On Thursday, Venezuela asked the World Court to throw out the case filed by Guyana. It also argued that the United Kingdom should be a party to the border case given that the state was party to the Arbitral Award that determined the land boundary between the two countries; Greenidge said that Guyana’s lawyers will contest this in their submissions.

Instead of an ICJ ruling, Venezuela wants to resolve the border controversy through direct talks with Guyana.

Earlier attempts at those talks, however, failed. As such, the matter was referred to the ICJ by United Nations Secretary General Antonio Guterres.

Guyana is seeking to obtain a final and binding judgment that the 1899 Arbitral Award, which established the location of the land boundary between then British Guiana and Venezuela, remains valid and that the Essequibo region belongs to Guyana and not Venezuela.

Greenidge, on Friday, emphasised the need for this resolution.

“(Venezuela’s claims have) cast a long and menacing shadow over Guyana’s security and development throughout its existence as a sovereign state,” the Guyanese agent lamented.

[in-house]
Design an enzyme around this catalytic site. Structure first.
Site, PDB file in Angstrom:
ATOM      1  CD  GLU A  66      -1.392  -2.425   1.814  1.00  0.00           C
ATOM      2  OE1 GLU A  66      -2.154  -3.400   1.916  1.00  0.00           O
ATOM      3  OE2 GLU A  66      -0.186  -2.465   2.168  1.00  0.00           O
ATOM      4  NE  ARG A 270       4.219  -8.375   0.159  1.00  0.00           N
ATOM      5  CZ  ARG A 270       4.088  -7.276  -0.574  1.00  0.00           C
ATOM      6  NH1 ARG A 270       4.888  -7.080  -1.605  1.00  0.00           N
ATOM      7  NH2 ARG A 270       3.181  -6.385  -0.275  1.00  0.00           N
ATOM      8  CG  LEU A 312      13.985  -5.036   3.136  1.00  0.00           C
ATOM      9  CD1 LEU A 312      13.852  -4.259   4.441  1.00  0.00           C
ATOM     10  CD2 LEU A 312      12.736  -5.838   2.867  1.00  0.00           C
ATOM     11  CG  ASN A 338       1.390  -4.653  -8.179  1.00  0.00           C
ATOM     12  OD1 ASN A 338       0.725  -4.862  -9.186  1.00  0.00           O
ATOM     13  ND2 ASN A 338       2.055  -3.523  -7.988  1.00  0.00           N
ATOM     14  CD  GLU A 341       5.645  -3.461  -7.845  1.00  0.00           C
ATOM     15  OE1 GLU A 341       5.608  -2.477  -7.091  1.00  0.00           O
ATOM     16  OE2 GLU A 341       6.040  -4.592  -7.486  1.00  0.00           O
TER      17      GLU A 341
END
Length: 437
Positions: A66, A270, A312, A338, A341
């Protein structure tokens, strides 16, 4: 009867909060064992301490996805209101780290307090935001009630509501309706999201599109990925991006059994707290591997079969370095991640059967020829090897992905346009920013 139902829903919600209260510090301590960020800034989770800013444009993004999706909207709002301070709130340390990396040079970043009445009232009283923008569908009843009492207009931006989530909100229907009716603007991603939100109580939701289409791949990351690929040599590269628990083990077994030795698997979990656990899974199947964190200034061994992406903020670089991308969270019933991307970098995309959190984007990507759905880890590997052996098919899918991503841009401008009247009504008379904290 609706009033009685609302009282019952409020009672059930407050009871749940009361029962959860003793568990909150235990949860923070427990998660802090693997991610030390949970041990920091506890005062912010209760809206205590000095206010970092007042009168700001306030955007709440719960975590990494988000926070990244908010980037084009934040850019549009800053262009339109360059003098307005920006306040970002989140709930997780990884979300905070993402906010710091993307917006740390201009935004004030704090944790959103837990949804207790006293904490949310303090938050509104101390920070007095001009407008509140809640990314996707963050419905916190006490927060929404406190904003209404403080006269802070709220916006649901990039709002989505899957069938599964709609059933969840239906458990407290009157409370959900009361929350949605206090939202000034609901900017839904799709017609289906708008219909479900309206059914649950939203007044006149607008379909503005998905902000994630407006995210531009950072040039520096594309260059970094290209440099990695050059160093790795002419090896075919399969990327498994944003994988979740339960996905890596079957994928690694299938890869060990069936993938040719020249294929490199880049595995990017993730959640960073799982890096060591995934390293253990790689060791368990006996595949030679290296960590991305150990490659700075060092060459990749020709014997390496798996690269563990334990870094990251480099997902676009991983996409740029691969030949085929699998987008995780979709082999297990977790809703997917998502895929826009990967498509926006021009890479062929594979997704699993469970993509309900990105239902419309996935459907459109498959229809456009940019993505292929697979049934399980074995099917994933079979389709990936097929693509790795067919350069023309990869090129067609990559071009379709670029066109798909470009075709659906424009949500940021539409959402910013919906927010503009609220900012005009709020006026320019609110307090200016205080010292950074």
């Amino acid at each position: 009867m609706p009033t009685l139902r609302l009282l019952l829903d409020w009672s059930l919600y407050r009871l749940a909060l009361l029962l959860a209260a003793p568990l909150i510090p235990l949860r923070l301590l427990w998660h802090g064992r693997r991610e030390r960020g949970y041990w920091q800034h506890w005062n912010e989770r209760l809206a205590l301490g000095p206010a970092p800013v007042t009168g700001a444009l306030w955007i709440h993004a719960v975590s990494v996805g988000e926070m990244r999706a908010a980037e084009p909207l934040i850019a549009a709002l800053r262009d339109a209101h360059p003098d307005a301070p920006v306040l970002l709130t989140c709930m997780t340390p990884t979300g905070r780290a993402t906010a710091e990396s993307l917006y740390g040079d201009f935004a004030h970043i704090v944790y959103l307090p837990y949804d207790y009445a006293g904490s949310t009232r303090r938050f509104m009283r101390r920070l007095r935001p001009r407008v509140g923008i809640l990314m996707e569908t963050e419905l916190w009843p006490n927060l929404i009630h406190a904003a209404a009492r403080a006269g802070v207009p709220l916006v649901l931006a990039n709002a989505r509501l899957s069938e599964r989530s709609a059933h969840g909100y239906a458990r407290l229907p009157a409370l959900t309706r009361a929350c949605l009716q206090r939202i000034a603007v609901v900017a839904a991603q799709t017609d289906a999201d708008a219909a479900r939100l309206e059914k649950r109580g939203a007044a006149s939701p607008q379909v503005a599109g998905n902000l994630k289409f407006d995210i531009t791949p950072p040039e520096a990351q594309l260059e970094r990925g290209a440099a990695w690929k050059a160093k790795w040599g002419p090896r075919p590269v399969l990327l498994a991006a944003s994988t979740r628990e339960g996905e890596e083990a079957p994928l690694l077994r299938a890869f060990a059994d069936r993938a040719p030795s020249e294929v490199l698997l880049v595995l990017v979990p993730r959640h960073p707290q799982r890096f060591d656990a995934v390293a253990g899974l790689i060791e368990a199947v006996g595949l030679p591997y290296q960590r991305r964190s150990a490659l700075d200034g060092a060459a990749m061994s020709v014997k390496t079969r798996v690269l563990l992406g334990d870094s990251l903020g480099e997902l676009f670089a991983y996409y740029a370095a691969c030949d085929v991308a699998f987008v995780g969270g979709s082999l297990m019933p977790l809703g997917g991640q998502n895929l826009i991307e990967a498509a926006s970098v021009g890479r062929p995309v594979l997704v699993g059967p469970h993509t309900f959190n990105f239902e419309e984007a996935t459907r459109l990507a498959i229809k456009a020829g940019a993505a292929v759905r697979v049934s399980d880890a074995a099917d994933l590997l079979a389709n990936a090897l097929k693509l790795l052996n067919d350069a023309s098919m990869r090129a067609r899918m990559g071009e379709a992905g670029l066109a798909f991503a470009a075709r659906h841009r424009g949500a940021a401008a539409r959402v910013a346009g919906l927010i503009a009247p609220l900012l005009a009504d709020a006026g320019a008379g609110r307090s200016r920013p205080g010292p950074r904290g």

Guyana is represented in the case before the Court by:

Sir Shridath Ramphal, OE, OCC, KC, Co-Agent and Counsel

Mr. Paul S. Reichler, Attorney-at-Law, Foley Hoag LLP, member of the Bars of the United States Supreme Court and the District of Columbia;

Mr. Alain Pellet, Professor Emeritus of the University Paris Nanterre, former Chairman of the International Law Commission, member of the Institut de droit international

Professor Philippe Sands KC, Professor of International Law at University College London, 11 King’s Bench Walk, London;

Mr. Payam Akhavan, LLM, SJD (Harvard University), Professor of International Law, Senior Fellow, Massey College, University, of Toronto, member of the Bar of New York and the Law Society of Ontario, member of the Permanent Court of Arbitration

Professor Pierre d’Argent, Professor ordinaire, Université Catholique de Louvain, member of the Institut de Droit International, Foley Hoag LLP, member of the Bar of Brussels;

Ms. Christina L. Beharry, Foley Hoag LLP, member of the Bars of the District of Columbia, the State of New York, England and Wales, and the Law Society of Ontario;

Mr. Edward Craven, Barrister, Matrix Chambers, London;

Mr. Juan Pablo Hugues Arthur, Foley Hoag LLP, member of the Bar of the State of New York;